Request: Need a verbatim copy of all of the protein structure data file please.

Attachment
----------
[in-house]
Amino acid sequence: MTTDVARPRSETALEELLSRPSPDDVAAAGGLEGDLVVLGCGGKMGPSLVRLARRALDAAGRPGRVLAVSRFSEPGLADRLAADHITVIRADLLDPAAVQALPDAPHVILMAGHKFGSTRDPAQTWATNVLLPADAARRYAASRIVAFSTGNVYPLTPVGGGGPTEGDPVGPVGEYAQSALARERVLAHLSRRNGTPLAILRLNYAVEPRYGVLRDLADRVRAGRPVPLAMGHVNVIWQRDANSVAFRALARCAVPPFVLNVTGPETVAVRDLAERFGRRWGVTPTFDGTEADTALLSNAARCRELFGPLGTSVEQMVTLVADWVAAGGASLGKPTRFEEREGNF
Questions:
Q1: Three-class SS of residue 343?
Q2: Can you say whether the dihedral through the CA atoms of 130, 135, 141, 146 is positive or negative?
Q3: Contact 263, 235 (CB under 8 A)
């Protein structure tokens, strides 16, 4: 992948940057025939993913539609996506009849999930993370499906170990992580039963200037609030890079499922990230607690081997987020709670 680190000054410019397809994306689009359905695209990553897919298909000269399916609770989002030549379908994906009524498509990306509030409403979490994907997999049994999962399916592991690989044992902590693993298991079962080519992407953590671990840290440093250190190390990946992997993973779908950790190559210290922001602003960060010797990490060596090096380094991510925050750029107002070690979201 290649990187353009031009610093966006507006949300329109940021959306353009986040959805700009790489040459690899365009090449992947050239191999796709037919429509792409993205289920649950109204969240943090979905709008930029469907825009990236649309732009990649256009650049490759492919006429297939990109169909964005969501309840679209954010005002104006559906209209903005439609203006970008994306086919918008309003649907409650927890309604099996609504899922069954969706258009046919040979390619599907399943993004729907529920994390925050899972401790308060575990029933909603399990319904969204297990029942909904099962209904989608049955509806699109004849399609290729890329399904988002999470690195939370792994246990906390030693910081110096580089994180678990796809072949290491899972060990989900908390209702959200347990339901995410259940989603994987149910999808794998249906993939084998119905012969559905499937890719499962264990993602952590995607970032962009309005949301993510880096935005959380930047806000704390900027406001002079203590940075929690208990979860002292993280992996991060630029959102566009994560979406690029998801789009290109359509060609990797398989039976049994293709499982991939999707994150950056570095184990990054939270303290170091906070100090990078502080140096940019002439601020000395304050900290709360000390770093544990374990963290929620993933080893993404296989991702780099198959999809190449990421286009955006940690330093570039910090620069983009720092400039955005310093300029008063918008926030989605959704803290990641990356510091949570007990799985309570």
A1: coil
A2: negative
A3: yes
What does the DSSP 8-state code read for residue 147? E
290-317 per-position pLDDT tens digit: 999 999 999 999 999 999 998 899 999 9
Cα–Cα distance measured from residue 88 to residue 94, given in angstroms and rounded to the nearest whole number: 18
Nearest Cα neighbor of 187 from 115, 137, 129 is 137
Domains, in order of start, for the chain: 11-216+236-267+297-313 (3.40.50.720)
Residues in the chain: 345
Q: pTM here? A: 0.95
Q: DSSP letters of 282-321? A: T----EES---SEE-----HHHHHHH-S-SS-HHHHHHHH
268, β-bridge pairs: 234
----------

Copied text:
[in-house]
Amino acid sequence: MTTDVARPRSETALEELLSRPSPDDVAAAGGLEGDLVVLGCGGKMGPSLVRLARRALDAAGRPGRVLAVSRFSEPGLADRLAADHITVIRADLLDPAAVQALPDAPHVILMAGHKFGSTRDPAQTWATNVLLPADAARRYAASRIVAFSTGNVYPLTPVGGGGPTEGDPVGPVGEYAQSALARERVLAHLSRRNGTPLAILRLNYAVEPRYGVLRDLADRVRAGRPVPLAMGHVNVIWQRDANSVAFRALARCAVPPFVLNVTGPETVAVRDLAERFGRRWGVTPTFDGTEADTALLSNAARCRELFGPLGTSVEQMVTLVADWVAAGGASLGKPTRFEEREGNF
Questions:
Q1: Three-class SS of residue 343?
Q2: Can you say whether the dihedral through the CA atoms of 130, 135, 141, 146 is positive or negative?
Q3: Contact 263, 235 (CB under 8 A)
């Protein structure tokens, strides 16, 4: 992948940057025939993913539609996506009849999930993370499906170990992580039963200037609030890079499922990230607690081997987020709670 680190000054410019397809994306689009359905695209990553897919298909000269399916609770989002030549379908994906009524498509990306509030409403979490994907997999049994999962399916592991690989044992902590693993298991079962080519992407953590671990840290440093250190190390990946992997993973779908950790190559210290922001602003960060010797990490060596090096380094991510925050750029107002070690979201 290649990187353009031009610093966006507006949300329109940021959306353009986040959805700009790489040459690899365009090449992947050239191999796709037919429509792409993205289920649950109204969240943090979905709008930029469907825009990236649309732009990649256009650049490759492919006429297939990109169909964005969501309840679209954010005002104006559906209209903005439609203006970008994306086919918008309003649907409650927890309604099996609504899922069954969706258009046919040979390619599907399943993004729907529920994390925050899972401790308060575990029933909603399990319904969204297990029942909904099962209904989608049955509806699109004849399609290729890329399904988002999470690195939370792994246990906390030693910081110096580089994180678990796809072949290491899972060990989900908390209702959200347990339901995410259940989603994987149910999808794998249906993939084998119905012969559905499937890719499962264990993602952590995607970032962009309005949301993510880096935005959380930047806000704390900027406001002079203590940075929690208990979860002292993280992996991060630029959102566009994560979406690029998801789009290109359509060609990797398989039976049994293709499982991939999707994150950056570095184990990054939270303290170091906070100090990078502080140096940019002439601020000395304050900290709360000390770093544990374990963290929620993933080893993404296989991702780099198959999809190449990421286009955006940690330093570039910090620069983009720092400039955005310093300029008063918008926030989605959704803290990641990356510091949570007990799985309570």
A1: coil
A2: negative
A3: yes
What does the DSSP 8-state code read for residue 147? E
290-317 per-position pLDDT tens digit: 999 999 999 999 999 999 998 899 999 9
Cα–Cα distance measured from residue 88 to residue 94, given in angstroms and rounded to the nearest whole number: 18
Nearest Cα neighbor of 187 from 115, 137, 129 is 137
Domains, in order of start, for the chain: 11-216+236-267+297-313 (3.40.50.720)
Residues in the chain: 345
Q: pTM here? A: 0.95
Q: DSSP letters of 282-321? A: T----EES---SEE-----HHHHHHH-S-SS-HHHHHHHH
268, β-bridge pairs: 234